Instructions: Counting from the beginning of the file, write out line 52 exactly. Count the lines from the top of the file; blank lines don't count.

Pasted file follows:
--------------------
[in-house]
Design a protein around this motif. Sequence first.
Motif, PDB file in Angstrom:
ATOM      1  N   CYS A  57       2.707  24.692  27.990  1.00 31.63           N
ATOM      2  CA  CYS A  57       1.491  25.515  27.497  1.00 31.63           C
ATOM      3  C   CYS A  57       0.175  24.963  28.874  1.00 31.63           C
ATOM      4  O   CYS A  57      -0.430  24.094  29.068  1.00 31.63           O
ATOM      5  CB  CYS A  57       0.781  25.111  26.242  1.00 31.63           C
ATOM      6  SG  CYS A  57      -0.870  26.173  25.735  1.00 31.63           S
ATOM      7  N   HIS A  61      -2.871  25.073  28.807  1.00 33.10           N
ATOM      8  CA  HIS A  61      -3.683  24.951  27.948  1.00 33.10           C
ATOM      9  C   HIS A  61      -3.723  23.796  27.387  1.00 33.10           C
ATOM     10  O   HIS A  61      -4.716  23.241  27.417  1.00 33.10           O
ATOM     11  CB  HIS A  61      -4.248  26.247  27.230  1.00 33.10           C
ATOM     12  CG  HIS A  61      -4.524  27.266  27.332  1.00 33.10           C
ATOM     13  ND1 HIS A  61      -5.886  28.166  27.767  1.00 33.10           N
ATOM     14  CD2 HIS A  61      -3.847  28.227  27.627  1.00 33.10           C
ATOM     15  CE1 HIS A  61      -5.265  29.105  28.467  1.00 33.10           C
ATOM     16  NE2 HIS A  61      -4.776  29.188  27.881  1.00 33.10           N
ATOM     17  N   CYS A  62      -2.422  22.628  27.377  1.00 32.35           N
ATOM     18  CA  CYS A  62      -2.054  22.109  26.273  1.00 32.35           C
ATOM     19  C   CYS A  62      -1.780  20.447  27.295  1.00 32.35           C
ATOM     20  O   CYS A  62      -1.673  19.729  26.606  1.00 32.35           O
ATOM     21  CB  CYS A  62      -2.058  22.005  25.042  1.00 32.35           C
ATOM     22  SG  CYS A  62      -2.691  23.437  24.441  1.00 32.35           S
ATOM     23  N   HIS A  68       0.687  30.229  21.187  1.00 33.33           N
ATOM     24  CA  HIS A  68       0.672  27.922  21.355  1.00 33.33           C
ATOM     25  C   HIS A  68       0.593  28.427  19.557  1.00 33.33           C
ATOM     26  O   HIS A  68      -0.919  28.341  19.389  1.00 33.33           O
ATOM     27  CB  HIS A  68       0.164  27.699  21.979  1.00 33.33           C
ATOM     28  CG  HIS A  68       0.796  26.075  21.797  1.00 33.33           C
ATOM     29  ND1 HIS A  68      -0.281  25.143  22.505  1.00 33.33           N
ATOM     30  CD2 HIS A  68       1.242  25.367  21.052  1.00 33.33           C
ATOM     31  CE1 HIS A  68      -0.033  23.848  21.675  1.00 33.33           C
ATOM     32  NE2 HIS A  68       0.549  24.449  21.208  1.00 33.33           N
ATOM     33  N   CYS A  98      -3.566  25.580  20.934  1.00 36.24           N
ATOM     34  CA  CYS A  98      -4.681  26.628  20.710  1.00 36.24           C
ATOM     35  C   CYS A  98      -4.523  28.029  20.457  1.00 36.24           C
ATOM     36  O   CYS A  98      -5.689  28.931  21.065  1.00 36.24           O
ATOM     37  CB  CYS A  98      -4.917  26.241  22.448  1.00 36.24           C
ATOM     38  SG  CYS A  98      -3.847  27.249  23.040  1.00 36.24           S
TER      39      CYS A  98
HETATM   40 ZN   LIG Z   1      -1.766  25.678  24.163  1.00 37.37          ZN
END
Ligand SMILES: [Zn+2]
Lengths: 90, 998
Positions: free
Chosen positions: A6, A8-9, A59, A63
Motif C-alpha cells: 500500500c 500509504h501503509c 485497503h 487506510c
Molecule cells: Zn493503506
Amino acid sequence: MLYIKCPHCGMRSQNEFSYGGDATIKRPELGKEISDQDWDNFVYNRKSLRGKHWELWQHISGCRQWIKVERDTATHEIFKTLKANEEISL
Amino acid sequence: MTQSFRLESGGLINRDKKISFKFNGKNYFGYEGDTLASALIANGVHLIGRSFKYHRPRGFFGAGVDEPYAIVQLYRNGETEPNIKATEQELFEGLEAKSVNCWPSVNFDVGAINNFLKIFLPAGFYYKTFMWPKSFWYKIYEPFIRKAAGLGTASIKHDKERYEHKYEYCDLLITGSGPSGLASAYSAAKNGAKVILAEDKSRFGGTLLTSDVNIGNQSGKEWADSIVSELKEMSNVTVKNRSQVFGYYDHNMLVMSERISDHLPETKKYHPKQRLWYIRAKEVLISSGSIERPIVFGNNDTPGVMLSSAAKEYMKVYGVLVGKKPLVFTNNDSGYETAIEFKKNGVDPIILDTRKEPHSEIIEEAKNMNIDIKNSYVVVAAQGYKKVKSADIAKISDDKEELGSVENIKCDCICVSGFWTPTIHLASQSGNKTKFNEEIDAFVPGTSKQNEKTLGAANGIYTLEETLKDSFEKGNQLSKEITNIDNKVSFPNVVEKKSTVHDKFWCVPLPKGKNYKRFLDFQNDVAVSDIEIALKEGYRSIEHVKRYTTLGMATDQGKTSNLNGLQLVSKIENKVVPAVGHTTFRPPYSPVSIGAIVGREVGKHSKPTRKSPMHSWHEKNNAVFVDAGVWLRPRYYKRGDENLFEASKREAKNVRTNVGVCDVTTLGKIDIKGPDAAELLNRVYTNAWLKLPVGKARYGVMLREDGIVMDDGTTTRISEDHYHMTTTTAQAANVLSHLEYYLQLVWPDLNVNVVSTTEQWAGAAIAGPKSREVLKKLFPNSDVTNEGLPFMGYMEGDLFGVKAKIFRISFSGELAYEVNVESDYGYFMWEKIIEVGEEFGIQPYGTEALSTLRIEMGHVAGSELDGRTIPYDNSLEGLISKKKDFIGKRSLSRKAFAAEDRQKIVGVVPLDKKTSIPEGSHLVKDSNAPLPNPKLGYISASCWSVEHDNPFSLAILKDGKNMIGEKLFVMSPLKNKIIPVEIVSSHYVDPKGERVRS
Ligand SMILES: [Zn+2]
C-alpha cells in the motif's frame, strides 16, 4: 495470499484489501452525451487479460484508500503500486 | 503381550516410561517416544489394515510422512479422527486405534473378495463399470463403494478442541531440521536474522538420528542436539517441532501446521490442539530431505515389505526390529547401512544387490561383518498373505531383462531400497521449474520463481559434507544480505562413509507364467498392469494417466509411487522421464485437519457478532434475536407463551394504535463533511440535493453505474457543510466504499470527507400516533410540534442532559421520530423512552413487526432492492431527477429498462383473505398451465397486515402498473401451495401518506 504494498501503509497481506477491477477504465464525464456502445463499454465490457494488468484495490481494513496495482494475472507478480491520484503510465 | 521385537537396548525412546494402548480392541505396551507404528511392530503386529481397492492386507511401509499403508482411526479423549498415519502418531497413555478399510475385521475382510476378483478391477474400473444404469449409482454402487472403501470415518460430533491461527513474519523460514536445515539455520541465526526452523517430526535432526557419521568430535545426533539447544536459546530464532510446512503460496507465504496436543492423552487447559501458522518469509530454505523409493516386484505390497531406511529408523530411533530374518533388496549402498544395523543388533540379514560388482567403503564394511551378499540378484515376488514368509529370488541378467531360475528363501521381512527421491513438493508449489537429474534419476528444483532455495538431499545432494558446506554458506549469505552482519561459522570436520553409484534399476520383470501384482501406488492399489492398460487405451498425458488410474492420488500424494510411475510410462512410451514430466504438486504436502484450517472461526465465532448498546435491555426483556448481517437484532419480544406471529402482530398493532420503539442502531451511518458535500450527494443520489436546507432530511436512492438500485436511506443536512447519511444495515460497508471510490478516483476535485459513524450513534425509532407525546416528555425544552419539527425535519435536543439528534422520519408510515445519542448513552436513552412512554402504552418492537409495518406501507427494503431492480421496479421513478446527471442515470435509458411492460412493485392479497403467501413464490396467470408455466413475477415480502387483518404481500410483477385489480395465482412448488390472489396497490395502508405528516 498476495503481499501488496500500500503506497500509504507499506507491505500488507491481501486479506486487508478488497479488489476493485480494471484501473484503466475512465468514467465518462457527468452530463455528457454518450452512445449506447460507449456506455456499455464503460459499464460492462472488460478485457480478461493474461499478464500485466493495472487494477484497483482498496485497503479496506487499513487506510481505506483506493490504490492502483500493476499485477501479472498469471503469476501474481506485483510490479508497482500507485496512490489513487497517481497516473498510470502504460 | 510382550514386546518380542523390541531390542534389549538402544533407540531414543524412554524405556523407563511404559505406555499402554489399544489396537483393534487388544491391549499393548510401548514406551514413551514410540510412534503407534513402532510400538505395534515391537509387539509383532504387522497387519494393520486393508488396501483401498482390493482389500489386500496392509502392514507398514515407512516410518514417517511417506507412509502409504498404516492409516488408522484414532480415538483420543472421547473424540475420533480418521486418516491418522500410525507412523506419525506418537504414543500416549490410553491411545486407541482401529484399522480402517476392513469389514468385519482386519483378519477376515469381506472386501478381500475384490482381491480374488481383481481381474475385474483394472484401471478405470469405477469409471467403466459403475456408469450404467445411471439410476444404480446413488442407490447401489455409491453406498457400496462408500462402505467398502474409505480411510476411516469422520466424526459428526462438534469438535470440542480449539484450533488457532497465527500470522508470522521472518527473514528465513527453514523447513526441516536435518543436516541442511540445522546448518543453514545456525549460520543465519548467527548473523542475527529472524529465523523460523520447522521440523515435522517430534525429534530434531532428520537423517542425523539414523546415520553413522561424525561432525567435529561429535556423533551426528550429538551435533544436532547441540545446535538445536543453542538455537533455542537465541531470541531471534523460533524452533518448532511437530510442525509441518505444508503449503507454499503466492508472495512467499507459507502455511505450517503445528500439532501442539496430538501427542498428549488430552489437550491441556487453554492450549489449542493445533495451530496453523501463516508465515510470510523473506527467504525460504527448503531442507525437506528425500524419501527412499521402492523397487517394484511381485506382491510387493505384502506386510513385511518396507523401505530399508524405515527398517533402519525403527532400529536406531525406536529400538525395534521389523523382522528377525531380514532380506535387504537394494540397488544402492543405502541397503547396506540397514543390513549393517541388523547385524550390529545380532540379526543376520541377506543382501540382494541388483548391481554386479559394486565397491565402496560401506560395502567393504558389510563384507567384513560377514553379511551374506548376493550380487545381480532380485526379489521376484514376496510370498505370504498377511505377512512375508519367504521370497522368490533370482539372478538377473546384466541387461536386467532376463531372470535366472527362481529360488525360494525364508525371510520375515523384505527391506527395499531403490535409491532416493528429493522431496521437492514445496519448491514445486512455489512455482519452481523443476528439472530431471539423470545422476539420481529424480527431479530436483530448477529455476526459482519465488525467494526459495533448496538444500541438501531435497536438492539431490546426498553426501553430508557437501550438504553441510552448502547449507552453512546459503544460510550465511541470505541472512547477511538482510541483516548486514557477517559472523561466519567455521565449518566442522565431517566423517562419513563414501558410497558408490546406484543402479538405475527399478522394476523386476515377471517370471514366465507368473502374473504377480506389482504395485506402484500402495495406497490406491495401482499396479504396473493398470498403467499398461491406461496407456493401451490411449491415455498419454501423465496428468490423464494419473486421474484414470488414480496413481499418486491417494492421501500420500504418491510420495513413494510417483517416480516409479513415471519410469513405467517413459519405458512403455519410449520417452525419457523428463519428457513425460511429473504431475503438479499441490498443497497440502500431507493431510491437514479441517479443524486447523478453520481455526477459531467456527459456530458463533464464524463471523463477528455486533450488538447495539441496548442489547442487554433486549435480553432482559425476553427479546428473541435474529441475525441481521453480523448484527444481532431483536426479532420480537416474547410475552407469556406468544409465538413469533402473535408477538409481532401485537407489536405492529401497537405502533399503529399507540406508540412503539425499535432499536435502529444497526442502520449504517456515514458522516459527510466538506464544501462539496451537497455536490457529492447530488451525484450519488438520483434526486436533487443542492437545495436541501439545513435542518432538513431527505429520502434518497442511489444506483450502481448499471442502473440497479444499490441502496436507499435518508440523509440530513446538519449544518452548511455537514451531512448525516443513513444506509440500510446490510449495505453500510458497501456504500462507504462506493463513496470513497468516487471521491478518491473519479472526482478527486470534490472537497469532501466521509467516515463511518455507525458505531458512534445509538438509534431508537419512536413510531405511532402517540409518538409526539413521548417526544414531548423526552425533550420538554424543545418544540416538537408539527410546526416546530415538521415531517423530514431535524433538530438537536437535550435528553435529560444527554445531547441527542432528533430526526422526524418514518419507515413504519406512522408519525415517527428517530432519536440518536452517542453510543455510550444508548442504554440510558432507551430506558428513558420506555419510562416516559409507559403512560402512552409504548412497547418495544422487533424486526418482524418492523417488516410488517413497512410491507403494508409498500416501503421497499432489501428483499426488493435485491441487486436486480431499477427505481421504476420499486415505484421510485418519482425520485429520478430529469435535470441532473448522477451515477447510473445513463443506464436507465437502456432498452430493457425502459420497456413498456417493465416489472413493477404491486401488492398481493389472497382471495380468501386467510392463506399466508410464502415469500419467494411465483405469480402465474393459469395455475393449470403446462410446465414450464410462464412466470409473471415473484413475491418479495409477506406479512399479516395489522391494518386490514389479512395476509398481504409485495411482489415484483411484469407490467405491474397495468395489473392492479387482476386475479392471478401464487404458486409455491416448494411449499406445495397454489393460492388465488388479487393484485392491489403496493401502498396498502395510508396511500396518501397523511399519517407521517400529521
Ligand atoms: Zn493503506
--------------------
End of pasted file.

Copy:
Amino acid sequence: MTQSFRLESGGLINRDKKISFKFNGKNYFGYEGDTLASALIANGVHLIGRSFKYHRPRGFFGAGVDEPYAIVQLYRNGETEPNIKATEQELFEGLEAKSVNCWPSVNFDVGAINNFLKIFLPAGFYYKTFMWPKSFWYKIYEPFIRKAAGLGTASIKHDKERYEHKYEYCDLLITGSGPSGLASAYSAAKNGAKVILAEDKSRFGGTLLTSDVNIGNQSGKEWADSIVSELKEMSNVTVKNRSQVFGYYDHNMLVMSERISDHLPETKKYHPKQRLWYIRAKEVLISSGSIERPIVFGNNDTPGVMLSSAAKEYMKVYGVLVGKKPLVFTNNDSGYETAIEFKKNGVDPIILDTRKEPHSEIIEEAKNMNIDIKNSYVVVAAQGYKKVKSADIAKISDDKEELGSVENIKCDCICVSGFWTPTIHLASQSGNKTKFNEEIDAFVPGTSKQNEKTLGAANGIYTLEETLKDSFEKGNQLSKEITNIDNKVSFPNVVEKKSTVHDKFWCVPLPKGKNYKRFLDFQNDVAVSDIEIALKEGYRSIEHVKRYTTLGMATDQGKTSNLNGLQLVSKIENKVVPAVGHTTFRPPYSPVSIGAIVGREVGKHSKPTRKSPMHSWHEKNNAVFVDAGVWLRPRYYKRGDENLFEASKREAKNVRTNVGVCDVTTLGKIDIKGPDAAELLNRVYTNAWLKLPVGKARYGVMLREDGIVMDDGTTTRISEDHYHMTTTTAQAANVLSHLEYYLQLVWPDLNVNVVSTTEQWAGAAIAGPKSREVLKKLFPNSDVTNEGLPFMGYMEGDLFGVKAKIFRISFSGELAYEVNVESDYGYFMWEKIIEVGEEFGIQPYGTEALSTLRIEMGHVAGSELDGRTIPYDNSLEGLISKKKDFIGKRSLSRKAFAAEDRQKIVGVVPLDKKTSIPEGSHLVKDSNAPLPNPKLGYISASCWSVEHDNPFSLAILKDGKNMIGEKLFVMSPLKNKIIPVEIVSSHYVDPKGERVRS